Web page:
The Voting Rights Act of 1965 is considered the crown jewel of the civil rights movement, perhaps the most important and effective civil rights legislation ever enacted by Congress, according to many scholars and others. In Shelby County, Ala. v. Holder, a key provision in the act faces a constitutional challenge carefully manufactured and funded by a leading opponent of racial classifications, Edward Blum of the Project on Fair Representation.
The target of the challenge is Section 5, which requires so-called covered jurisdictions states or parts of states with histories of voting discrimination to get preclearance, or approval, of any changes in their voting practices or policies from the U.S. Department of Justice or the federal district court in Washington.
Shelby County, represented by Bert Rein of Wiley Rein, argues that Congress reauthorized Section 5 in 2006 under an outdated and intrusive coverage formula (Section 4(b)), exceeded its authority under the 14th and 15th amendments, and thus violated the 10th Amendment and Article IV of the Constitution. The United States and individual intervenors represented by the NAACP Legal Defense Fund and the American Civil Liberties Union counter that Congress found substantial evidence of current discrimination in the covered jurisdictions (nine states and local units in seven other states). The act's other provisions allowing covered jurisdictions to "bail out" if they show clean voting records after 10 years and "bail in" by newly offending jurisdictions keep Section 5 narrowly tailored and relevant, according to the United States and the intervening defendants.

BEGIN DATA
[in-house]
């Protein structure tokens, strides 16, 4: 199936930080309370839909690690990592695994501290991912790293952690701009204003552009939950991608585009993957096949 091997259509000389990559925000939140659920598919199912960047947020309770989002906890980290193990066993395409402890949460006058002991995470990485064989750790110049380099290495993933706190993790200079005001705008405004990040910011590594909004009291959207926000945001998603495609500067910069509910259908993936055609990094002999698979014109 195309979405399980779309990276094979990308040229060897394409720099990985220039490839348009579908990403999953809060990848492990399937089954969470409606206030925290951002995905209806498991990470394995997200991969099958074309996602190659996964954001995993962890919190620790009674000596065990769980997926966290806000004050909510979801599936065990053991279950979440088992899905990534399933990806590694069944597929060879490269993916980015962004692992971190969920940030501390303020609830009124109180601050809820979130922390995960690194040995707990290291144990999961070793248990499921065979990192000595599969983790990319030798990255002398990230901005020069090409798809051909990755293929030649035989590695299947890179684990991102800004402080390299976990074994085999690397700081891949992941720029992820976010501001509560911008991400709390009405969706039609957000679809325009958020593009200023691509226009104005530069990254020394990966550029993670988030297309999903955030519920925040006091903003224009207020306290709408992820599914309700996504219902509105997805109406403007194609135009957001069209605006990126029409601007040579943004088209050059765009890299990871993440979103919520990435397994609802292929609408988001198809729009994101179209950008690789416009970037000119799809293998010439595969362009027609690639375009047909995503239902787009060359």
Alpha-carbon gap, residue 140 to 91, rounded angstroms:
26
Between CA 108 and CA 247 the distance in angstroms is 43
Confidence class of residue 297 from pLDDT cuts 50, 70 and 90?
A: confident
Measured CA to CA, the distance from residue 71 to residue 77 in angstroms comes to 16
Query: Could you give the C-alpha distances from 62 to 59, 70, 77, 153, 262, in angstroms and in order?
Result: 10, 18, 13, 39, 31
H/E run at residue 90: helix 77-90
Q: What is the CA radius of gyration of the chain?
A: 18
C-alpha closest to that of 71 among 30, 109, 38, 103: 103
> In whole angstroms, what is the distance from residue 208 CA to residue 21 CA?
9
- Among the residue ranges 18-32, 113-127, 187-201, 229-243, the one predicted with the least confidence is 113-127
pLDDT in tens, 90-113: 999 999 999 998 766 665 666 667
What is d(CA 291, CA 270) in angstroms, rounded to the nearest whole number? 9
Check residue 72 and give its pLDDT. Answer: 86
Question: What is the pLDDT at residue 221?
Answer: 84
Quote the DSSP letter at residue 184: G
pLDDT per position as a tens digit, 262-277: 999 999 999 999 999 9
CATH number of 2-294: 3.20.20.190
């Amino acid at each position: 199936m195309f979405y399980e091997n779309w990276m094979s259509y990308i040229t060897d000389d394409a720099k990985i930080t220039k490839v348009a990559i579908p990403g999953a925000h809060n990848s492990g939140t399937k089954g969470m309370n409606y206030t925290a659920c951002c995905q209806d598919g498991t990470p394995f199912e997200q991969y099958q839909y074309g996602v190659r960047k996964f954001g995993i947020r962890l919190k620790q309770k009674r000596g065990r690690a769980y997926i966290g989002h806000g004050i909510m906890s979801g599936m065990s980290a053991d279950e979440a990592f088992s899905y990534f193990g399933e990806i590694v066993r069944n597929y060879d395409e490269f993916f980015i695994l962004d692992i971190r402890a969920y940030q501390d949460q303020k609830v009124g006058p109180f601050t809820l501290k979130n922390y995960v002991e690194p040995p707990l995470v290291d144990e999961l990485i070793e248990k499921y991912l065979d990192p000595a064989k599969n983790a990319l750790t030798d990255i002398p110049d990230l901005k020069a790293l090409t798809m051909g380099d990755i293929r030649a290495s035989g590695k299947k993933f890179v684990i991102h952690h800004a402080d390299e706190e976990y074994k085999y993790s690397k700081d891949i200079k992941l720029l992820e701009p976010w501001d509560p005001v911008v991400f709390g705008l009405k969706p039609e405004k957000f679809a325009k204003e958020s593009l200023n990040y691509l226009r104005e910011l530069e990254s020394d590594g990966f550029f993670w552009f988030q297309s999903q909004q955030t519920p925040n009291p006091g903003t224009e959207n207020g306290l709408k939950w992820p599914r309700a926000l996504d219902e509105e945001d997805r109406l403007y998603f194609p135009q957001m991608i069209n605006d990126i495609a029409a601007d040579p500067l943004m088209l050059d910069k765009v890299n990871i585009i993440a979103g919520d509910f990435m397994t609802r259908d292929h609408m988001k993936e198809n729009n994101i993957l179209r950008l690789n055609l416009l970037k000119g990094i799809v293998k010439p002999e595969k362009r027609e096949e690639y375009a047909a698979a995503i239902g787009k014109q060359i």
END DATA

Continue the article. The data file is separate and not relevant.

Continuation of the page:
The Supreme Court in its 2009 decision in Northwest Austin Municipal Utility District No. 1 v. Holder questioned, but did not decide, the constitutionality of Section 5 and the relevance of the coverage formula. The stakes now are exceptionally high as seen by the nearly four dozen amicus briefs filed in the case. Supreme Court Brief today takes a look at the key arguments made in those briefs as Rein, Solicitor General Donald Verrilli Jr. and the NAACP LDF's Debo Adegbile prepare for oral arguments on Wednesday, February 27. -- Marcia Coyle
Briefs supporting Section 5 point to substantial evidence on which Congress relied
By Marcia Coyle
More than two dozen amicus briefs have been filed on the side of the United States and the defendant intervenors in an organized and thorough effort to refute the main arguments against the constitutionality of Section 5 in a case involving the Shelby County, Ala., city council election.
Amicus opponents of Section 5 attack on several fronts
By Tony Mauro
The 20-plus briefs supporting Shelby County seem aimed in part at getting the court angry enough at Congress and the Obama administration that it will feel more comfortable about invalidating a law which, as defenders of the law point out frequently, was renewed by an overwhelming congressional vote as recently as 2006.